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In December 2015, the U.S. Congress voted to lift its four decade-long ban on the export of crude oil from the United States to other nations.
In the following chart, you can see how monthly exports of crude oil have changed since that arbitrary restriction on trade was lifted, where we've focused on both the U.S.' total exports of crude oil to the world and to the nation that has become the U.S.' largest market for its domestically-produced crude oil: China.
As you can see in the chart, while U.S. crude oil exports increased in 2016, it wasn't until 2017 when China became a major customer that they stepped up to a whole new level. The addition of crude oil exports has both boosted the U.S.' GDP and has helped contribute to reducing its relative trade deficit with China.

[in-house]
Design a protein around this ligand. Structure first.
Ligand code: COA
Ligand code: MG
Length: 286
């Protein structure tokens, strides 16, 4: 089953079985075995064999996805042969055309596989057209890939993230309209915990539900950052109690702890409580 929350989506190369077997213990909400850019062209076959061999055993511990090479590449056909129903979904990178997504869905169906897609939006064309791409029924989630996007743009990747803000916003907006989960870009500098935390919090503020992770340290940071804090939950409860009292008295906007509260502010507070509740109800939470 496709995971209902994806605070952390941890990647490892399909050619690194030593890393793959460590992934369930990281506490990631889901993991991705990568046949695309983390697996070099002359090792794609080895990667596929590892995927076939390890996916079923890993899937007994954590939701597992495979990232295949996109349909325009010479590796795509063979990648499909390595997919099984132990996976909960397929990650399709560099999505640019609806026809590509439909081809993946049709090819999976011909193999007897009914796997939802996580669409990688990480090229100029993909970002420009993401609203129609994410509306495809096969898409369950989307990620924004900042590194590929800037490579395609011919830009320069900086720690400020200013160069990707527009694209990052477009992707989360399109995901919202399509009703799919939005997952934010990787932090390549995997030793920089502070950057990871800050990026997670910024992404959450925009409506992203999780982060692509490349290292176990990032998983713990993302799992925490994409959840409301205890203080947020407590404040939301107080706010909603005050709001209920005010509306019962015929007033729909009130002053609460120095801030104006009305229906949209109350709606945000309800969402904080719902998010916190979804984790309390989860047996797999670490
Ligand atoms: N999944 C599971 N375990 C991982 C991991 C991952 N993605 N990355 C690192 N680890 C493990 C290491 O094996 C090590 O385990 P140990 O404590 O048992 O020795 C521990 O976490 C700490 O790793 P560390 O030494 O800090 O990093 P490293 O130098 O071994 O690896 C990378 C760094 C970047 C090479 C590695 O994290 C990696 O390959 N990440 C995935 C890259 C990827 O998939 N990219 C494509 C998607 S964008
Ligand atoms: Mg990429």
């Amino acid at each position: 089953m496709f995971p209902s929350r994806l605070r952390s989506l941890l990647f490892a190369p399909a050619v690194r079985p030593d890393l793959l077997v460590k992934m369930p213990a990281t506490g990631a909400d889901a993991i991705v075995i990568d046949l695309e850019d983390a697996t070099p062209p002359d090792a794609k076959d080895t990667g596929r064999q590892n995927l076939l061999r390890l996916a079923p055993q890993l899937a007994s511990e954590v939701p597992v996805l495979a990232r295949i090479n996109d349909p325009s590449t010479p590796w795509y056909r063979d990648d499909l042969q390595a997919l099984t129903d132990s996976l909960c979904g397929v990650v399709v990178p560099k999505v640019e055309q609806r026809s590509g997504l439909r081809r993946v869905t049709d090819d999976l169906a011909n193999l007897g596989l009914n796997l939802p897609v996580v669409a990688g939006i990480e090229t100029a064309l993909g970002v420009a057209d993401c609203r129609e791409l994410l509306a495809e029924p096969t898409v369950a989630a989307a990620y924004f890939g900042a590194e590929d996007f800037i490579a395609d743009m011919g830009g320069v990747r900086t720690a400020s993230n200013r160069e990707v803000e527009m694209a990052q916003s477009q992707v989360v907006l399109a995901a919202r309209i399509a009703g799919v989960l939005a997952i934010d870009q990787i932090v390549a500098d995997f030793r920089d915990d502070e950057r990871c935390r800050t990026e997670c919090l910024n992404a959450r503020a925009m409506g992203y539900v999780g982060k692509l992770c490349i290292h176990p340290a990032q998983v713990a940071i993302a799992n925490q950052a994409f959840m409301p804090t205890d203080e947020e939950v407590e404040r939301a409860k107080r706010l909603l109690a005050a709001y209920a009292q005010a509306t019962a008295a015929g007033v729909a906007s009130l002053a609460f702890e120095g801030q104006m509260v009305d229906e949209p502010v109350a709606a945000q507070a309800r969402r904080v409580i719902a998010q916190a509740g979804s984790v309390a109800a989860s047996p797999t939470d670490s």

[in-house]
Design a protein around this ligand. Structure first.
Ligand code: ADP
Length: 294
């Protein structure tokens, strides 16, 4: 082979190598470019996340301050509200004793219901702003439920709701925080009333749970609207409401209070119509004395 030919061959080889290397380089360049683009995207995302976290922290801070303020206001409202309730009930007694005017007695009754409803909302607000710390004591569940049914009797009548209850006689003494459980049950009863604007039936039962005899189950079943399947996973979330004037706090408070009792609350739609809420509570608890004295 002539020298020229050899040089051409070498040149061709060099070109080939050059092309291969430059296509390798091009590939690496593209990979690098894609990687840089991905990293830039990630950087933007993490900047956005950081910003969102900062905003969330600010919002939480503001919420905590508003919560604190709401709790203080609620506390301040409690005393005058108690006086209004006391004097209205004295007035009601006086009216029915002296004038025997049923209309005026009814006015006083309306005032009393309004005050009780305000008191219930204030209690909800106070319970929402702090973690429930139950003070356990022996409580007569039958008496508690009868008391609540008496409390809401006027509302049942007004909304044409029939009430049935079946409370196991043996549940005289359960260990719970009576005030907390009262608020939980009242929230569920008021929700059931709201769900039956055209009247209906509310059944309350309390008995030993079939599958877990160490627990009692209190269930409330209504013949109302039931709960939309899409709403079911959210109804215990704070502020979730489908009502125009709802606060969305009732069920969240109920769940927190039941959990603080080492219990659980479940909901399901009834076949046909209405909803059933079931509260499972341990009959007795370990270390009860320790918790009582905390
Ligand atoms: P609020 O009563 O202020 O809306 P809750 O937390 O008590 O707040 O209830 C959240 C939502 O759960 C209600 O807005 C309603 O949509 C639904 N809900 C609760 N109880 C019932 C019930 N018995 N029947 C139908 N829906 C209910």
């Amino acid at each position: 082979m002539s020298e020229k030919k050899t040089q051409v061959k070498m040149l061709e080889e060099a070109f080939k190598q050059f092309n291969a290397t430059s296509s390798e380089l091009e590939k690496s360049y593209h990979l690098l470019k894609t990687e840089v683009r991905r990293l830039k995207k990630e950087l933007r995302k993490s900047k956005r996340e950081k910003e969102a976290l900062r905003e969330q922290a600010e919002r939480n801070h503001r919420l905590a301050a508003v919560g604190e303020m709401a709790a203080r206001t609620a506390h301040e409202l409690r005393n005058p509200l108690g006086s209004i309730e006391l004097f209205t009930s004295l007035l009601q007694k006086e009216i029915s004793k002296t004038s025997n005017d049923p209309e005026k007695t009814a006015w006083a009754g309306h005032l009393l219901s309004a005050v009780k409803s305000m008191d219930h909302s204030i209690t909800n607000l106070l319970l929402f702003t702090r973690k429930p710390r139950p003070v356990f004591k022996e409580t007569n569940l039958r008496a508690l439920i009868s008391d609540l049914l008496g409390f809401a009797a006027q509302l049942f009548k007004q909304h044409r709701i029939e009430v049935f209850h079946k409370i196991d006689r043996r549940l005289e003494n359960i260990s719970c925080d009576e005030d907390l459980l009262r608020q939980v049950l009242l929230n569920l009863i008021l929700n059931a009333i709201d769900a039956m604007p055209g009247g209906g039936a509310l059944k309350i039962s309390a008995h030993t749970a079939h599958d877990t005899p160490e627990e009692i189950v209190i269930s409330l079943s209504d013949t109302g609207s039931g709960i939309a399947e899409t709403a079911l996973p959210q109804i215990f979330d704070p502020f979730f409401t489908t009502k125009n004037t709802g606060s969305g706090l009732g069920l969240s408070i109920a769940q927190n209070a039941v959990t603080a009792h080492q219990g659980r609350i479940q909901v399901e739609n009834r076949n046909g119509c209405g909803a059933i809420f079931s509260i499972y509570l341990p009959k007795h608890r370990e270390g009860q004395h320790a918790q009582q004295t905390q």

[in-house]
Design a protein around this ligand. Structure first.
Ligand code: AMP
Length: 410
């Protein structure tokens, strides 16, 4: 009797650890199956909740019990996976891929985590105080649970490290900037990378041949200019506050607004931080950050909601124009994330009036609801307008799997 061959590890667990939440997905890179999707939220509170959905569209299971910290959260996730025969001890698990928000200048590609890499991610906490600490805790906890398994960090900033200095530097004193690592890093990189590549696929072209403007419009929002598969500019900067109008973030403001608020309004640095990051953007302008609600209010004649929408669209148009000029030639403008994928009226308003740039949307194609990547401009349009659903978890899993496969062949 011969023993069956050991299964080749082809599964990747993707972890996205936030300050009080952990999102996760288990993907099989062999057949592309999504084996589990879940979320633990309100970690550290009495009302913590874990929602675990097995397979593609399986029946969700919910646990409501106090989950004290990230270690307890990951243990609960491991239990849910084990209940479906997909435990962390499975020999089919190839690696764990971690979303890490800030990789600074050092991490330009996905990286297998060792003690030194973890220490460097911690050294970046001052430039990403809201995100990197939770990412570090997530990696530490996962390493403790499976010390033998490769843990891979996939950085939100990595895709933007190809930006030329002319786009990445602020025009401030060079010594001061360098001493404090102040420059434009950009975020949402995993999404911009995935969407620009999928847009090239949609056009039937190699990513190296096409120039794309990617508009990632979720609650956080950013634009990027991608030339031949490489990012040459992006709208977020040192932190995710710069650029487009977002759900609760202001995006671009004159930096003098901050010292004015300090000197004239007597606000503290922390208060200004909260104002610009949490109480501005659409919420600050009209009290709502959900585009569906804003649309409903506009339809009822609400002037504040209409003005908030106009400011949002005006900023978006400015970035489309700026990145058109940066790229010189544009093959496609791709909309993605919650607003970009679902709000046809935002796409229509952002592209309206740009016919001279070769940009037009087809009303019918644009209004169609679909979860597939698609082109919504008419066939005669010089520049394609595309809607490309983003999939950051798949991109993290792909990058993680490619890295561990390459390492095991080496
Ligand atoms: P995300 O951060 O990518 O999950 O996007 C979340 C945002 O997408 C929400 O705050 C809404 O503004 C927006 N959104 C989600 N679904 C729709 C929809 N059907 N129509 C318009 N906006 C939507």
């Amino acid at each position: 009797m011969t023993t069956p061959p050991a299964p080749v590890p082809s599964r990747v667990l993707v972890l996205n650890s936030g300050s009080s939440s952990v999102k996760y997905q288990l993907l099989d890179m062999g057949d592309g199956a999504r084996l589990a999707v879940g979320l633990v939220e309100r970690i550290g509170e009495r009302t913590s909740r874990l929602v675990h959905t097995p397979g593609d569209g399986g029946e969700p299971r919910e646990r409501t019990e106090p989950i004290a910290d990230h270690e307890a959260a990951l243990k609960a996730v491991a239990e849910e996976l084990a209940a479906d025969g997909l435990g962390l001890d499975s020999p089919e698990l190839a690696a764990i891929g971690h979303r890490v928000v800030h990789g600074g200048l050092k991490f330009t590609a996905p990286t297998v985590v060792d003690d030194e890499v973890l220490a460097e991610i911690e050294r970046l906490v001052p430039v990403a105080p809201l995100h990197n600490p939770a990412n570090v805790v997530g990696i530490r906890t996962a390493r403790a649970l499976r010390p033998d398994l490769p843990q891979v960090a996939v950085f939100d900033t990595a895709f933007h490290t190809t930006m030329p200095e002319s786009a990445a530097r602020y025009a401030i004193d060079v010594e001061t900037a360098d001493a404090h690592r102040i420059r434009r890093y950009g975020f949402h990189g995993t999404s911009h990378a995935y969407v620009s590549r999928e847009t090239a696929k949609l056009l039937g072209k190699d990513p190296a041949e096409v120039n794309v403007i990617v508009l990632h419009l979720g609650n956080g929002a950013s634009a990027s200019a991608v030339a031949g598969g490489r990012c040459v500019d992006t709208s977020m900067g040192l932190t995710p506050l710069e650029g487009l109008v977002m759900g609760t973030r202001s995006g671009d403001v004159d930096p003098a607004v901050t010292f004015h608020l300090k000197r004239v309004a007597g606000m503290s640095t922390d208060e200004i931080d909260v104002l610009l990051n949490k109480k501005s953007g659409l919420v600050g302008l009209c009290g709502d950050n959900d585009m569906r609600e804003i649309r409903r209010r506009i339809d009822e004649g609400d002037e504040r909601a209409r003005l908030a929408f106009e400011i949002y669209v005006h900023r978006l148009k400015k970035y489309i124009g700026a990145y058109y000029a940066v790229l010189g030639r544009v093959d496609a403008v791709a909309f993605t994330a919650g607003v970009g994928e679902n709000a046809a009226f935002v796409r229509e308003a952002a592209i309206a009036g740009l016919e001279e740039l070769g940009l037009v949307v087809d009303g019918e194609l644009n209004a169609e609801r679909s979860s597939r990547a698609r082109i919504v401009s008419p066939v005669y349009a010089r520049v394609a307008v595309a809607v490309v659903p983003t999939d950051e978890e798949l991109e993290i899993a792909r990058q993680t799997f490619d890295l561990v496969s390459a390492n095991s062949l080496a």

Through August 2017, those levels remain well elevated over the previous year's figures, even though August 2017 saw the closure of the Gulf Coast ports through which the U.S. exports much of its crude oil to global markets for several weeks following Hurricane Hugo. We'll revisit this data in several months to check in on the post-hurricane recovery.
U.S. Census Bureau. U.S. Trade Online. [Online Database]. Accessed 10 October 2017.